The spirits of a nation
The spirits of a nation
Although it’s not for all tastes or seasons, strong alcohol has deep roots in European culture, and, as in so many other things, traditions vary greatly as you move across the continent. For many travelers, tasting the national cuisine is a must. For an additional shot of authenticity, sample the country’s most iconic tipples out at the pub or with a meal; alternately, pick up a bottle at the duty-free shop en route home. How many of the following have you tried?
Czech Republic: Becherovka, an herbal bitter based on more than 20 herbs and spices, was originally concocted as a remedy for illnesses of the stomach. The popular liqueur is produced in Karlovy Vary, where there’s a museum dedicated to its production. It can be taken “as is” or as an ingredient in a cocktail such as the “Beton,” a mix of Becherovka and tonic water.
Denmark: Akvavit, whose name derives from the Latin term “water of life,” is popular throughout much of Scandinavia. It’s distilled from potatoes and grain and infused with various herbs including dill and caraway. It’s often imbibed neat and chilled as part of a festive celebration of as an aperitif. Try Aalborg Taffel, one of the country’s best selling Akvavits.
France: Pastis is an anise-flavored spirit that finds particular favor around the Mediterranean. In cafes, neat pastis is served alongside a jug of water and the drinker dilutes it according to his or her taste. When mixed with water, the oils in it react by giving the drink a cloudy appearance. Ricard is one of the most popular brands, although fans of the stuff rave about Henri Bardouin and Pastis 51.
Greece: Ouzo is made from a base spirit of grapes or grain and flavored with anise. As with other anise-flavored spirits, adding water to it causes it to turn milky. Ouzo enjoys PGI (Protected Geographic Origin) status in the European Union, and is exclusively produced in Greece. The heart of production is on the island of Lesbos. Ouzo makes a regular appearance alongside the small plates of appetizers known as meze.
Hungary: Pálinka is a clear fruit brandy made of apricots, pears, plums or cherries, although it can be hard for a novice to discern the fruit taste amongst the overpowering alcohol sensation. Quite a few Hungarians distill their own Pálinka at home. It can be taken as a shot or sipped slowly, and is usually served at room temperature.
Italy: Grappa is a strong alcohol based on the by-products of the winemaking process, including grape seeds, stalks and stems, which is known as pomace. Grappa, distilled since the Middle Ages and considered a poor farmer’s beverage of choice, got a boost in the 1960s when the Nonino distillery in northeastern Italy began producing a higher-quality product from a single grape variety. Grappa is traditionally consumed after a meal.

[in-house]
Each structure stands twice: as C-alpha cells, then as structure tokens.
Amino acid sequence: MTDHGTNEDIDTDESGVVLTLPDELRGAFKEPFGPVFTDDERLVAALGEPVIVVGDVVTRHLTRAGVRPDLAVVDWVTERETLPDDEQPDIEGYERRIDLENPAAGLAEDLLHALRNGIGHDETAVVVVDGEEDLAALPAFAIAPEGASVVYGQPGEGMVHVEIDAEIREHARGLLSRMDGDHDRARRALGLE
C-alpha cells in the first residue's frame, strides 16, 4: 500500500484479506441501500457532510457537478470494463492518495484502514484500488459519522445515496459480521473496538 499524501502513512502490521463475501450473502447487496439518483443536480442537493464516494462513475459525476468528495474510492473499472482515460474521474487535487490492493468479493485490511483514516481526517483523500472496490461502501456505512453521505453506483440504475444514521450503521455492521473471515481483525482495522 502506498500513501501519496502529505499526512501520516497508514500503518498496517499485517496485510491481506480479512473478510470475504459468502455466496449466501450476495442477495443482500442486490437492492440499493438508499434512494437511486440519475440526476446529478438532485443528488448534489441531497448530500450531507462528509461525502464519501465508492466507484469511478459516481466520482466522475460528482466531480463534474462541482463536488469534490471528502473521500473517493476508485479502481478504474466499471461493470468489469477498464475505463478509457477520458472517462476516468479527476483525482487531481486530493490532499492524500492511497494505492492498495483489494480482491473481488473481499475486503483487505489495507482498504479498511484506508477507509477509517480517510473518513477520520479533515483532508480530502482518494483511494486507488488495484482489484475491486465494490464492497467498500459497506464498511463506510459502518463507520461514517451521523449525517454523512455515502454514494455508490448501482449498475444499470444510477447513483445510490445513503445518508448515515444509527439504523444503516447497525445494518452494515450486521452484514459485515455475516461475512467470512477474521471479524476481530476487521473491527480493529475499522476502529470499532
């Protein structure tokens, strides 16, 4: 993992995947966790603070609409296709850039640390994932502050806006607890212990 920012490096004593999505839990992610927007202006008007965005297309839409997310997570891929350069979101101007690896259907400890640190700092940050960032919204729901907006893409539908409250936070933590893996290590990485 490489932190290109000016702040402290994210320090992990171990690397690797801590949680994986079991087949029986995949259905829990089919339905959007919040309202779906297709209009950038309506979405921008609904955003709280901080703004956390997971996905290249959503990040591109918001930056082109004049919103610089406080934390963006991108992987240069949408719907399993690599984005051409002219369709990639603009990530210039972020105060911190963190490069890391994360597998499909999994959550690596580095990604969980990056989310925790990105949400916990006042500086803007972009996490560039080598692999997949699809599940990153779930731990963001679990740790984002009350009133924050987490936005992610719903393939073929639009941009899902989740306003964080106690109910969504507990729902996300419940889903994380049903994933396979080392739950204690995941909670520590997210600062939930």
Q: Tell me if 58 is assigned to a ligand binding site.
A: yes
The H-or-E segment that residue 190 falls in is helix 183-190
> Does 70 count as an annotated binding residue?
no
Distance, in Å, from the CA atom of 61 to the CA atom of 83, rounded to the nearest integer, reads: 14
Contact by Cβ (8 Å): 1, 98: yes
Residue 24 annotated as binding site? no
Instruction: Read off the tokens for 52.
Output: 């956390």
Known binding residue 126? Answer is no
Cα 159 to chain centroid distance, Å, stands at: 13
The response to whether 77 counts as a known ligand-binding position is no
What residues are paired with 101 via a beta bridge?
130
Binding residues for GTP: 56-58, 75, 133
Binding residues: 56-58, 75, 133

Latvia: Riga Black Balsam, made from some 17 botanicals along with honey and caramel, is an inky concoction that manages to be both bitter and sweet at the same time. It is sometimes used to fight a cold or combat digestion problems. It can be enjoyed neat, on the rocks, in coffee or tea, or in various cocktails. It is sold in an easily recognizable brown ceramic bottle with a black and gold label.
Netherlands: Jenever or Genever, also a popular tipple in neighboring Belgium, gains its flavor from juniper berries, making it a cousin to gin. It is commonly available in two varieties, young or old. Holland’s most popular hard liquor is typically served in a goblet-shaped glass and poured nearly to overflowing, meaning it’s acceptable to take one’s first sip while the glass remains on the bar or table. The House of Bols in Amsterdam traces the history of one of the world’s oldest brands of distilled spirits and offers an interactive cocktail and genever experience.
Poland: Zubrovka is a specific type of vodka that’s been infused with the distinct and aromatic flavor of a specific type of grass. Each bottle of Zubrowka, or bison-grass vodka in English, contains a blade of Hierochloe odorata. The grass grows in remote glades of the Białowieża Forest, a primeval woodland that’s home to some 800 European bison.
Switzerland: Kirschwasser is a clear brandy made from distilling a specific type of sour cherry, the morello. The drink is popular not only in Germanic-speaking parts of the nation but also Germany’s Black Forest region. The cherries used are not pitted, and the resulting product is not sweet. In addition to a slight cherry taste, you might also detect a hint of bitter almonds. It is traditionally imbibed neat and cold, either as an aperitif or digestif, depending on the region; it also finds its way into Black Forest cake and fondue.
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